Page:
Fodder crisis: ‘I didn’t sleep for 48 hours’ reveals Limerick farmer 

Donal O'Regan

Reporter:

Donal O'Regan

Email:

donal.oregan@limerickleader.ie

Fodder crisis: ‘I didn’t sleep for 48 hours’ reveals Limerick farmer 

Eddie O’Malley at his farm in Cappamore |PICTURE: Michael Cowhey

TO PARAPHRASE the words of Gerry Adams, the fodder crisis “hasn’t gone away you know”.

While the national media spotlight has disappeared, locals across County Limerick continue to struggle.

The situation was beginning to improve after the few dry days last week. Then more heavy rain fell on Sunday and Monday. The Maigue in Bruree on Tuesday morning looked like white water rapids the flood was so heavy. 

At least there is grass growth but it isn’t much use when it can’t be grazed as land is still sopping. In other jobs, workers would be rewarded for their forbearance through a high stress and taxing period but milk price drops and steady beef prices have rubbed salt in open wounds.

Many farmers will see themselves in Eddie O’Malley. At one stage the Cappamore man didn’t sleep for 48 hours.

The dairy man milking 150 cows has been out of his own silage since the second week of March.

“We would normally have the cows out in the middle of March to April 1. That would be our turnout dates. April 1 would be a bad year. I’ve never had cows housed in April before. Cows are in since October 1. I started using bales in the last week of September which is unprecedented as well,” said Eddie, aged in his late forties.

The fodder crisis has cost him over €21,000 to date.

“I doubled the concentrates and had to buy in haylage. I’m feeding seven bales a day which was €35 a bale so €245 multiplied by 30 days is €7,350” said Eddie, who was speaking on Monday.

The output reduction from not having cows out on grass is about 600 litres a day which leaves him €6,840 out of pocket. Eddie didn’t have a vet in the yard in February or March but one has been out nearly every day in April as cows just need grass. When he added it all up on Monday it came to €20,790 for the the previous 30 days.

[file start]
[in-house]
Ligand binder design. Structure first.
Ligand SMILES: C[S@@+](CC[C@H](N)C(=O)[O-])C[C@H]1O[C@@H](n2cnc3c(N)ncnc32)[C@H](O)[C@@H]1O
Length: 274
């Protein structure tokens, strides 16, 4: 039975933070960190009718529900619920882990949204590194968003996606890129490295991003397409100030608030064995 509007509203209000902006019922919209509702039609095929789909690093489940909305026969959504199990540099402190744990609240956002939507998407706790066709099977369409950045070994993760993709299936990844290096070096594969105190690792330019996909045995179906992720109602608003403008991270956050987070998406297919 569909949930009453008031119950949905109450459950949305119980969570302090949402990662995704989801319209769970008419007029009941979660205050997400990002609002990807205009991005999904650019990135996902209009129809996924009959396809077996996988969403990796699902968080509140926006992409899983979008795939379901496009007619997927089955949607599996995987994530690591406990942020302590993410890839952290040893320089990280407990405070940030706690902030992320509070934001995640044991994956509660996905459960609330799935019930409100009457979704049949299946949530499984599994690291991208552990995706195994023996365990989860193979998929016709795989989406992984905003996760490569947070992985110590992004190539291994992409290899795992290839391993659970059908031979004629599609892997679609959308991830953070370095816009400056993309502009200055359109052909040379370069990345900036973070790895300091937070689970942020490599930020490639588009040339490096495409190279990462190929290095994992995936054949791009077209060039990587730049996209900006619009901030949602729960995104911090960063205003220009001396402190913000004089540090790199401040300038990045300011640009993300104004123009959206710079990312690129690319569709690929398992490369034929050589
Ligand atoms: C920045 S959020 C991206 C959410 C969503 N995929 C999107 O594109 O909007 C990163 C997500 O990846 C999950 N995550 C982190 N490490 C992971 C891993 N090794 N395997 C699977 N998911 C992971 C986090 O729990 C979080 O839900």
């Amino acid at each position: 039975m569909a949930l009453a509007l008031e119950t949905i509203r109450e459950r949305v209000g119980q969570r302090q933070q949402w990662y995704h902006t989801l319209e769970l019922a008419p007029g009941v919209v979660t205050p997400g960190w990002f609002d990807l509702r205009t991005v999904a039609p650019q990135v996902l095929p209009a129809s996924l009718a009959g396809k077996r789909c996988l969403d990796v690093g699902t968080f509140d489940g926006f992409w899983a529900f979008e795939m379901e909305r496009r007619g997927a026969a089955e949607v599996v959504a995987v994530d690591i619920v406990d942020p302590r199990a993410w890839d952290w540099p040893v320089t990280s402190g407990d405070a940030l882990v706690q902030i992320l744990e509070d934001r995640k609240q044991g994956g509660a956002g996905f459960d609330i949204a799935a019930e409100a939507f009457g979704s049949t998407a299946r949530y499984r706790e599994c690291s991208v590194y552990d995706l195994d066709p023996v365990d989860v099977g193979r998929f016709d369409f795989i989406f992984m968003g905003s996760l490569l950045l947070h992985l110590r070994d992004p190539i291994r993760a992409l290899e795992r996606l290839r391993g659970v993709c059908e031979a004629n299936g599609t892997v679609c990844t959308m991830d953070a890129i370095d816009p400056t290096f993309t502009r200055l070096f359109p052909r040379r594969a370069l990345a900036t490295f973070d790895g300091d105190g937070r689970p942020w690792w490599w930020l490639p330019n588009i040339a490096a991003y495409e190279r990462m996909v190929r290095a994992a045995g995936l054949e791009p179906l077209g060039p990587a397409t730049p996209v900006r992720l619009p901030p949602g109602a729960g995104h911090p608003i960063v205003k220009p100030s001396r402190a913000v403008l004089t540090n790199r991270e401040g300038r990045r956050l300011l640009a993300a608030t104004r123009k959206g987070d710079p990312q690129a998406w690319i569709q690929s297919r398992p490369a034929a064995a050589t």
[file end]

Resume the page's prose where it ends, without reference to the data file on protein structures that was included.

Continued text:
The fact that Eddie describes himself as “one of the lucky ones” shows just how bad the situation is.

“There are people worse off than me. I was lucky I got top quality fodder from Cashel. It was people who got middling fodder and they had to double up on concentrates.

“A lot of fellows will still be paying for this in 2019. There are fellows hard pressed with repayments who invested in their farms. They are pushed to the pin of their collars and on top of that you have co-ops reducing prices at an alarming rate,” said Eddie, who is married to Jennifer

Dairygold confirmed this week it has reduced its March milk price by 2c/l to 32c/l.

The co-op says the reduction is “regrettable but unavoidable as farm gate milk prices continue to be well ahead of market returns”. 

However, a special weather/fodder relief payment of 2c/L plus VAT, on all March milk supplied – including fixed price milk schemes - will be paid.

Kerry announced a base price of 32c/l including VAT for March milk. This is a reduction of 2c/l from the 34c/ given for February milk.

In line with Kerry’s milk price contract commitment, the processor will pay a 1.5c/L bonus on all milk produced between January 1 and March 31. 

Milk included in fixed milk price contracts will not be eligible for the top-up.

The price cuts are a further hammer blow. At one stage Eddie said he didn’t sleep for 48 hours.

“I came in for something to eat, I put my head down on the table and fell asleep. It was between calving and trying to keep the whole thing going. That is the way it is. It is 18 hours a day since January 25 when they started calving.”

Despite having a dry farm, cows would wreck the place if Eddie put them out but he has no choice after this Wednesday as all his bought-in fodder is gone.

“Hopefully the weather at the weekend will come right.”